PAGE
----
BIO 199-004        Dr. Nicholas McLetchie, The Acclimating Leaf; The leaf is the primary organ contributing to global terrestrial productivity, removal of carbon dioxide from the air, and production of the oxygen we breath.  The overall goal of this project is to examine how leaves can alter their physical and chemical characteristics (shape, thickness, cell structure, pigments, etc.) across variation in external stimuli (light, relative humidity, temperatures, air movement) occurring at the scale of the leaf.  Changes in leaf characteristics affect the level of photosynthesis at the leaf level and eventually scale up to the whole plant and ecosystem levels.  This years project will investigate changes in color that occur among and within leaves of the same plant.  Students will focus on a particular stimulus that might affect leaf color, design the experimental setup to manipulate the stimulus at the level of the leaf, and test a leaf’s relevant responses to this stimulus.

BIO 199-005        Dr. Joao Costa, Animal behavior and precision technologies: applied animal behavior and welfare science; In this section of BIO 199, we will study how technologies can be used to measure dairy cattle behavior, physiology, milk production and milk components.  Many of these technologies work like FitBits for dairy cows.  Cow behavior, milk production, and milk components can allow us to assess the health and well-being of dairy cows. Precision technologies allow producers to monitor the behavioral activity and health status of cattle. The information gathered can be used by producers and researchers alike to make inferences on what underlying factors may be causing the behaviors in question. Students in this course will learn to design an experiment to test a specific hypothesis about dairy cattle behavior utilizing precision technology tools. Students will understand how precision technology is used to monitor the behavioral activity of dairy cattle and use the data collected to test their hypothesis. Overall, students will learn how to conduct a scientific experiment following protocols necessary for working with vertebrate animals, and ultimately understand the importance of ethical research conduct.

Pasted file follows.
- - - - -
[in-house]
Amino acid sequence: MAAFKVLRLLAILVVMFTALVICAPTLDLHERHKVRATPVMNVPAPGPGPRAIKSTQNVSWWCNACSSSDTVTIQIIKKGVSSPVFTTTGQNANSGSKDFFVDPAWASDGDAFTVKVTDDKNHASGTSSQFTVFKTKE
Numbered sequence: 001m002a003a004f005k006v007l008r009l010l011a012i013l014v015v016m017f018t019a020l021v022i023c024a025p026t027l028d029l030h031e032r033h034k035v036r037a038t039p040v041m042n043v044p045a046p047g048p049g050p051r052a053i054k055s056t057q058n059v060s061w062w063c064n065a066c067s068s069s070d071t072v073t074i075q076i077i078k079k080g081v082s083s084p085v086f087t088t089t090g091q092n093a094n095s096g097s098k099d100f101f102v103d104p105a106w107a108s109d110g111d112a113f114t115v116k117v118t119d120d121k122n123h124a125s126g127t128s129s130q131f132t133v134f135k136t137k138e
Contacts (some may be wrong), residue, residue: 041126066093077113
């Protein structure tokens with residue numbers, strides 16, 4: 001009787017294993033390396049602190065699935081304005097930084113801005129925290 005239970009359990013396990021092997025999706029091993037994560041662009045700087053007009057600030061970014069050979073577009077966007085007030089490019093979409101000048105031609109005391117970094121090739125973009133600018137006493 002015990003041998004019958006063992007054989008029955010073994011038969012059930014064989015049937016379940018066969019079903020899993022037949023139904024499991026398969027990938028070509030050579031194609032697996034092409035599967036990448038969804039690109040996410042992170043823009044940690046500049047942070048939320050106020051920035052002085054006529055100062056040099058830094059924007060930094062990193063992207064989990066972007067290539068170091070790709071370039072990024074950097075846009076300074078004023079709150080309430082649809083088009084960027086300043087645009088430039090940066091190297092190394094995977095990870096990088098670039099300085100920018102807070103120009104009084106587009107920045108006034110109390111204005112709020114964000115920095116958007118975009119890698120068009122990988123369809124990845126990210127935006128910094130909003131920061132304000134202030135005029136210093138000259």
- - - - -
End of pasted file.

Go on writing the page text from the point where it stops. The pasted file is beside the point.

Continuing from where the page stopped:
BIO 199-006        Dr. Karla Lightfield, Antibiotic Discovery

BIO 199-007        Dr. Andrea Erhardt and Dr. Mike McGlue, Exploring Climate Change in the Sierra Nevada (California); Students will use lakes and isotopes to search for evidence of climate change in California's mountain headwaters over the past several hundred years. Skills/expertise will be developed in the science of climate change, biogeochemistry, limnology, and alpine ecology in the Sierra Nevada. The course is appropriate for students who care about the environment and are interested in learning how to use science to conserve and protect the planet and its water resources.